Essays: Mass in the crevasse |
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Mass in the crevasse

A PRIEST who got lost in the Andes turned up on Nationwide (BBC1) to tell the watching faithful that there is no need to worry about the communion wine freezing at high altitude. It does, but it liquefies when the time comes to say Mass.

‘I don’t think I was ever near death,’ he explained patiently, ‘except when I fell down a crevasse on one occasion ... and also an occasion when I started to gather speed.’ His interlocutor, Sue Cook, had a lot of trouble pronouncing Aconcagua. She tried Acancogua. She had a go with Acaconguong. It was that holy smile of his that was throwing her. It threw me too, but it was a nice change from the weekend’s Labour Party Conference (BBC2), which spilled right through the week like a burst tub of stale molasses, owing to the fact that a split in the party had been heralded and everybody wanted to talk about it.

The conference itself took place at Wembley and consisted mainly of votes being taken, but before votes could be taken there first had to be speeches. Most of these were tedious beyond description, as if to be boring were a declaration of faith. David Dimbleby did the linking while the delegates droned on. Occasionally he cut away to a small studio in which Robin Day sat with Ian Mikardo among others. When the others were making too much noise, Robin barked: ‘Let Ian Mikardo have a say. He’s a very old gentleman.’ Mikardo took a certain amount of umbrage at this. Bill Rodgers was one of the others. As a member of the Gang of Three he was about to undergo a sudden logarithmic increase in news value, since even as he sat there the unions’ block votes were assembling like vast phantom armies.

The vote having gone thunderously against the social democrats, the Gang of Three expanded overnight into the Council for Social Democracy. Somebody tried to re-title this latter body the Limehouse Pinks, as a witty variation of the famous dance number ‘Limehouse Blues,’ but the famous dance number was not famous enough for the idea to stick, and anyway the Council for Social Democracy is quite a glamorous title in itself, like the Congress for Cultural Freedom or the Wigwam for a Goose’s Bridle. Down to Limehouse raced all the camera crews, in a daring raid that had about the same result as chasing Lady Diana, but at least you got a chance to see Roy Jenkins rubbing his hands. Either Roy has never heard of Uriah Heep or else it is cold down there in Limehouse.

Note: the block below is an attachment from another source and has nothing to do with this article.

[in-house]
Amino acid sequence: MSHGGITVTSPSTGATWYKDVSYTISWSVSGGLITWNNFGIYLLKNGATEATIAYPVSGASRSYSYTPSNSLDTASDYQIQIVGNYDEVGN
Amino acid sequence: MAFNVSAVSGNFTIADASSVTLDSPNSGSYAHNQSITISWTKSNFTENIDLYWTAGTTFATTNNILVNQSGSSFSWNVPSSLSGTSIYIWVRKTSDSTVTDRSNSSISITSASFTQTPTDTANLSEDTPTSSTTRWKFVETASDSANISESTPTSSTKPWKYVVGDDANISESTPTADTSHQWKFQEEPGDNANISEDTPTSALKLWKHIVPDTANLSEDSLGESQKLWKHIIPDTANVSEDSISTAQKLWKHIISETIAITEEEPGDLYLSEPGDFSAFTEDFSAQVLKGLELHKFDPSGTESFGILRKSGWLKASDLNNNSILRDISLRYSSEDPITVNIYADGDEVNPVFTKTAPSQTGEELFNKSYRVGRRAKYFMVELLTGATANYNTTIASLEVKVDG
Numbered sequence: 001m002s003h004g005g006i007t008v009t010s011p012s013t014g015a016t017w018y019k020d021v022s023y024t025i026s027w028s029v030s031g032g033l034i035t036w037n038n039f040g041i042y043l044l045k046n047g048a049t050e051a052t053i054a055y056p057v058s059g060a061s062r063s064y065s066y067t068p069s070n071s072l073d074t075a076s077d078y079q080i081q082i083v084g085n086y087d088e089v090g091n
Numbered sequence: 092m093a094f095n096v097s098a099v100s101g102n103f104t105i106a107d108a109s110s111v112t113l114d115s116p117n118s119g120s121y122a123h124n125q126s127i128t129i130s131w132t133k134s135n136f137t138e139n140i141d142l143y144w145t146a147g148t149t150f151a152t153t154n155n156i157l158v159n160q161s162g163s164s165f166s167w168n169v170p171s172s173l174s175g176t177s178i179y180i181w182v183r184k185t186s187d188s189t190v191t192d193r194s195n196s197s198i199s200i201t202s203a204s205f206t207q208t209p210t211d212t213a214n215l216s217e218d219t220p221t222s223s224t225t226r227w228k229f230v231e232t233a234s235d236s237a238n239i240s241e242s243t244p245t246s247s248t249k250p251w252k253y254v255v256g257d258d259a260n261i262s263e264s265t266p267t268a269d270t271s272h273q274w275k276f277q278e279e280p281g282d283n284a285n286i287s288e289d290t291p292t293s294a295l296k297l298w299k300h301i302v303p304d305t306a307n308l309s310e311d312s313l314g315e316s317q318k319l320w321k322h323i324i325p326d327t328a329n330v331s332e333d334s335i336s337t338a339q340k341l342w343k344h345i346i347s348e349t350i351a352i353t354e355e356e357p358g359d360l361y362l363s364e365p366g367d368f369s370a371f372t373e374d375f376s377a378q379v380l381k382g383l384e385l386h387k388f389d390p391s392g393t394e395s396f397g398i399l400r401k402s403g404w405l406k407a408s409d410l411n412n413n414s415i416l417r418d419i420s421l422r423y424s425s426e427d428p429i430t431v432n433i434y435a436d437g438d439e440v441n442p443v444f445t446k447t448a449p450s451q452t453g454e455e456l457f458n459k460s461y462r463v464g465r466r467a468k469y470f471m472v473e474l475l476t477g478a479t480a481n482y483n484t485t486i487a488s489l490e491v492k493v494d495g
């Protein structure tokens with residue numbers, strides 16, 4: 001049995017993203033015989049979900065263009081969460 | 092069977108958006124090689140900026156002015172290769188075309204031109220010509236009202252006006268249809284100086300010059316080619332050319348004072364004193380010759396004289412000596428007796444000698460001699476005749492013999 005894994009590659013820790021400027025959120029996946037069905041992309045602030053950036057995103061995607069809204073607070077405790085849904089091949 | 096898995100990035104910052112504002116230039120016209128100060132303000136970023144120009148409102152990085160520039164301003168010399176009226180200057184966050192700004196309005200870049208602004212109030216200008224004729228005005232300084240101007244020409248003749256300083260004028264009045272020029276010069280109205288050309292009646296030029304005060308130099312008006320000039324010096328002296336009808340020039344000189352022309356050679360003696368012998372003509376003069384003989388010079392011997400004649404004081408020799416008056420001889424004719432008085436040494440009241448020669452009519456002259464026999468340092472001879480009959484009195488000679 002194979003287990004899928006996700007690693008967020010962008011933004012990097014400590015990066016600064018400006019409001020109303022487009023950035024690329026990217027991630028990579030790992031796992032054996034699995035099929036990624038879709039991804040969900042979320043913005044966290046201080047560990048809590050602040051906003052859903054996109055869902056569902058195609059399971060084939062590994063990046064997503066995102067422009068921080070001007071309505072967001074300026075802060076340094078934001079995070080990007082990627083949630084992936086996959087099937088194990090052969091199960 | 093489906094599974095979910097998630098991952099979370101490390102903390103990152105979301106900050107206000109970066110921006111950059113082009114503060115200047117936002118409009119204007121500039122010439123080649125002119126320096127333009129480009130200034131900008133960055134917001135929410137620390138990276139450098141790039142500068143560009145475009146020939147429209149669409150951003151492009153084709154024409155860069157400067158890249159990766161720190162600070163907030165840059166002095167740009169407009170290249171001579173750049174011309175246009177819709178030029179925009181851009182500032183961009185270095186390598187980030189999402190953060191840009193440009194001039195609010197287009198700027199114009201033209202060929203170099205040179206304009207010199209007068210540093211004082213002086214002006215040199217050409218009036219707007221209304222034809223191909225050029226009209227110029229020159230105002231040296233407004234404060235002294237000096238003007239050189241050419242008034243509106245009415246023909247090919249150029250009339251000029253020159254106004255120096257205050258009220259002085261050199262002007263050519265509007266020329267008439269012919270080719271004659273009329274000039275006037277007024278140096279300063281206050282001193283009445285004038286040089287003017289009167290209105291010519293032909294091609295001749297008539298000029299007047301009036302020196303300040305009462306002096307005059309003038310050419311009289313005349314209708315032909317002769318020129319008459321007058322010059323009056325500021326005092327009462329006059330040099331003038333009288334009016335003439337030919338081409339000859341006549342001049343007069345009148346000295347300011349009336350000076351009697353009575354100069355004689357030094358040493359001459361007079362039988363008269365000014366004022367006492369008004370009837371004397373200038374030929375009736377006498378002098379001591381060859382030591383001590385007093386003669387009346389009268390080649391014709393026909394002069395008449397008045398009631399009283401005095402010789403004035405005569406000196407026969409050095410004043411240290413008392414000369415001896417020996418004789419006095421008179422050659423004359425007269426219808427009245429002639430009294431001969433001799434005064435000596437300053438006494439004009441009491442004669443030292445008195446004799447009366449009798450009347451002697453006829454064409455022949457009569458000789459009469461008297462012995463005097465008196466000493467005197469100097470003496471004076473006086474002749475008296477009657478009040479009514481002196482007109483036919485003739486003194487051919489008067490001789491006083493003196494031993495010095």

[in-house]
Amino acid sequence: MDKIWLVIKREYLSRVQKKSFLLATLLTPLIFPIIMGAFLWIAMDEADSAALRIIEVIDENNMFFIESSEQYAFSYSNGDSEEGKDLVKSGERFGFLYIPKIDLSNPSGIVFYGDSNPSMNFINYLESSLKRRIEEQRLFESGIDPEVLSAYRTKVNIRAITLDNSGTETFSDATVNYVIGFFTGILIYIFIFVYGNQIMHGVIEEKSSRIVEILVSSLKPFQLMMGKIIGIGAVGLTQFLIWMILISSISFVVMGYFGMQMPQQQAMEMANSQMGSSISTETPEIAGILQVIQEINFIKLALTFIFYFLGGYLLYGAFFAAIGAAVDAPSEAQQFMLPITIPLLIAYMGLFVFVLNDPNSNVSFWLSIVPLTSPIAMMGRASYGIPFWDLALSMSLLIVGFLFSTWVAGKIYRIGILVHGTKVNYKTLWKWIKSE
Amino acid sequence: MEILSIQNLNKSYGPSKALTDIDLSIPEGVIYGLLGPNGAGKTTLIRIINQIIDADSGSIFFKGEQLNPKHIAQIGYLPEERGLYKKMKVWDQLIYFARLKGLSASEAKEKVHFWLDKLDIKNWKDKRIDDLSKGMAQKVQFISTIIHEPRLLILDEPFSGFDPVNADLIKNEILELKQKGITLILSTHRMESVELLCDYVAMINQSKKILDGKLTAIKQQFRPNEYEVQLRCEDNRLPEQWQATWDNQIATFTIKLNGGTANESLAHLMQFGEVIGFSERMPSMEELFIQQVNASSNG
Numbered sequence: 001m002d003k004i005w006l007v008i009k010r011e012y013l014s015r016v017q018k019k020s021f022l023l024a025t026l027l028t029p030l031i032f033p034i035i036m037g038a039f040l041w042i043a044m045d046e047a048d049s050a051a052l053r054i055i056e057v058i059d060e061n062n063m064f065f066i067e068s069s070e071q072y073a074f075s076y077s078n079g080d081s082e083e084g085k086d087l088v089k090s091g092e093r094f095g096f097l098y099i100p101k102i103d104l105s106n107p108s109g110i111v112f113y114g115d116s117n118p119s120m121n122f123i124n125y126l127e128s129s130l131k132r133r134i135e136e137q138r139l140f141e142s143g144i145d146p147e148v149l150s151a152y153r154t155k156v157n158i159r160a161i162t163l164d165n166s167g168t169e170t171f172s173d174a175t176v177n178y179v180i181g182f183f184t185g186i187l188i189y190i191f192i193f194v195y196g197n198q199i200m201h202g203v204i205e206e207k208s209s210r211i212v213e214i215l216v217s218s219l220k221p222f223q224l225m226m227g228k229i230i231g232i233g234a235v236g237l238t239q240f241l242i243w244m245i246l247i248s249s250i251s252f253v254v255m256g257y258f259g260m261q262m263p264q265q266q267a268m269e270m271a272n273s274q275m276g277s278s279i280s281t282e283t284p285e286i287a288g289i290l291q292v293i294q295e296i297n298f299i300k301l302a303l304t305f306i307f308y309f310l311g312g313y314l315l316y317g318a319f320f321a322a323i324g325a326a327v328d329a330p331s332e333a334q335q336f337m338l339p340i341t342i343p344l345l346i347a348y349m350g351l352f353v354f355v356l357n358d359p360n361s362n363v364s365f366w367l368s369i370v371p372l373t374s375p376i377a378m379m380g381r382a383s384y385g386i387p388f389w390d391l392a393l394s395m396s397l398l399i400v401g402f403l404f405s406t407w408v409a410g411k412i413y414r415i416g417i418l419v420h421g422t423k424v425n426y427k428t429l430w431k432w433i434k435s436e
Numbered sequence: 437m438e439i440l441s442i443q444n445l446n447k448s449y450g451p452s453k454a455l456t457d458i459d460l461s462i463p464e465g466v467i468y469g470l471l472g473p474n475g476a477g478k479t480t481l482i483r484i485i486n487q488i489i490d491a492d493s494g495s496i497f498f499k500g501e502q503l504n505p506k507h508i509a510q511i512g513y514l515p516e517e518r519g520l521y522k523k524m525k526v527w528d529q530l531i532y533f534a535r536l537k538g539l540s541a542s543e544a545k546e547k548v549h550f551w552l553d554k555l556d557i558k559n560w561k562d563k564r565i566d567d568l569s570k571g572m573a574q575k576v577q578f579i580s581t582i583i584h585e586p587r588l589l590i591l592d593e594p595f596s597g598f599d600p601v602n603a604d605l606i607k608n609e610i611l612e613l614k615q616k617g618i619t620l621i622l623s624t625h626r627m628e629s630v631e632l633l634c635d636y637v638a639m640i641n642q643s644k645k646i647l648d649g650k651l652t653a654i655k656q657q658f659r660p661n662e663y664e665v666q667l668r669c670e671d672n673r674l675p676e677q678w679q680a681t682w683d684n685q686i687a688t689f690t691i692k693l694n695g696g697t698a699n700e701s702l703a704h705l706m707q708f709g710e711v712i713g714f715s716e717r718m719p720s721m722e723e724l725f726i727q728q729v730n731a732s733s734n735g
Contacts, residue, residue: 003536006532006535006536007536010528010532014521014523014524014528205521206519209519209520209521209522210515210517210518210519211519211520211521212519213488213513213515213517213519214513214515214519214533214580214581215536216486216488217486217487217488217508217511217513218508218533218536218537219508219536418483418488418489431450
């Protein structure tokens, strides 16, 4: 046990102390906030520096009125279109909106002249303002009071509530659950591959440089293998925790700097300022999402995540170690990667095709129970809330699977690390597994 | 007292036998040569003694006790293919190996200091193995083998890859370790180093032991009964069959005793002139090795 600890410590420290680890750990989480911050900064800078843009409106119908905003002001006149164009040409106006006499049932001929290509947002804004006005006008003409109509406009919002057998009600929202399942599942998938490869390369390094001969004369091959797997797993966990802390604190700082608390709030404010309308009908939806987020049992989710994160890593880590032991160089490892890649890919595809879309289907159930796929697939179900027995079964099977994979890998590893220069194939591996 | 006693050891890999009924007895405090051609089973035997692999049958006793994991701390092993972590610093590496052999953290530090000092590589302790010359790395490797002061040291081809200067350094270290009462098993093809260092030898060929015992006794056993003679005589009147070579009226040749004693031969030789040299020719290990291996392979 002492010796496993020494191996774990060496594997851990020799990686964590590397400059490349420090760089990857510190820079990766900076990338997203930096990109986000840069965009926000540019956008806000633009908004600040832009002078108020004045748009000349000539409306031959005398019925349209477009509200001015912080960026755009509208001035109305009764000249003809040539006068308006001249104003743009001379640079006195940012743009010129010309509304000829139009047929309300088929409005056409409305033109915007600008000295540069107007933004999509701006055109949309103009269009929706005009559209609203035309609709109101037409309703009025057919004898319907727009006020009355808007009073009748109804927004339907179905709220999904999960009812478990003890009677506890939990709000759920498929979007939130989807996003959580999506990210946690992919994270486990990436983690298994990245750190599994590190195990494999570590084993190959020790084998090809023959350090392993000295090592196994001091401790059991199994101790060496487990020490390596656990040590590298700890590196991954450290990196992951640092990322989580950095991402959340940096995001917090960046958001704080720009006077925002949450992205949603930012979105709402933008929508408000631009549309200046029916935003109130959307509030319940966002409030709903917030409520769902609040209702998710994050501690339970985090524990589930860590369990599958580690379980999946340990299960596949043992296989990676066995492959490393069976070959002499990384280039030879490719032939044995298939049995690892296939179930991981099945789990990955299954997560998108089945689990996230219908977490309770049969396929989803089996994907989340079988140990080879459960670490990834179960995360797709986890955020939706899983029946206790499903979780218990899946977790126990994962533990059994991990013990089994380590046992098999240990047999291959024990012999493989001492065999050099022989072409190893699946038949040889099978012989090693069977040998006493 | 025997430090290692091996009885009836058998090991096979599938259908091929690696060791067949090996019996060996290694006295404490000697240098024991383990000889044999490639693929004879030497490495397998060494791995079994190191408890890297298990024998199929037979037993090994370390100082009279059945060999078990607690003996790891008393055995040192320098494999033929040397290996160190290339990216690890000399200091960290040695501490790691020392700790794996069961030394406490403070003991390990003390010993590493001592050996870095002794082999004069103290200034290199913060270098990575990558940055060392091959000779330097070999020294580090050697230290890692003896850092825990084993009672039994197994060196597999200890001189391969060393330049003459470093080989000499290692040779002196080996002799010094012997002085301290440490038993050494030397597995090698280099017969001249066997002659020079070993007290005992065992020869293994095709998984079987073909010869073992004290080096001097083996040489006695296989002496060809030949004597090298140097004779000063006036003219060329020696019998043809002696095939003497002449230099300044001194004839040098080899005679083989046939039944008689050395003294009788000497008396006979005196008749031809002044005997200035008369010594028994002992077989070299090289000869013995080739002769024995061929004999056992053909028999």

Foot was given a whole-show interview on Weekend World (LWT) the day after the vote, but there was no missing the fact that he had suddenly ceased to be sexy. He kept bringing out his little mid-sentence laugh that says ‘what I am about to say is so obvious that I wouldn’t dream of stating it unless in reply to a question so foolishly misleading as the one you have just asked.’ His authority, however, had evaporated. From that day forth the Gang of Three, the Council for Social Democracy and the Liberal Party racked up all the TV time going. Shirley Williams was on Panorama (BBC1). She was in Limehouse. She made dramatic dashes from mysterious front doors to dark cars. To demonstrate her social-democratic mixture of dynamism and compassion she wore clothes created by various blind British designers. It’s going to be like this all the way to the next General Election.

Ongoingly off-putting to the last, The History Man (BBC2) came to a regretted end. ‘I think we all owe Howard a debt of gratitude for coming up with the solution to all our difficulties,’ said one of Kirk’s colleagues. Kirk took it as his due and nodded, ignoring Miss Beniform’s accurate observation that all the difficulties had been created by him. The assembled academics had all just tunnelled through the service area under the student picket lines which had been brought into being by Kirk and had surfaced in a conference room to deal with problems which had been fomented by Kirk and had finally got around to passing resolutions in conformity with the wishes of Kirk. He got everything he wanted, including, alas, the divine Annie Callendar. She had his number exactly, but took him on anyway. How could such a thing be?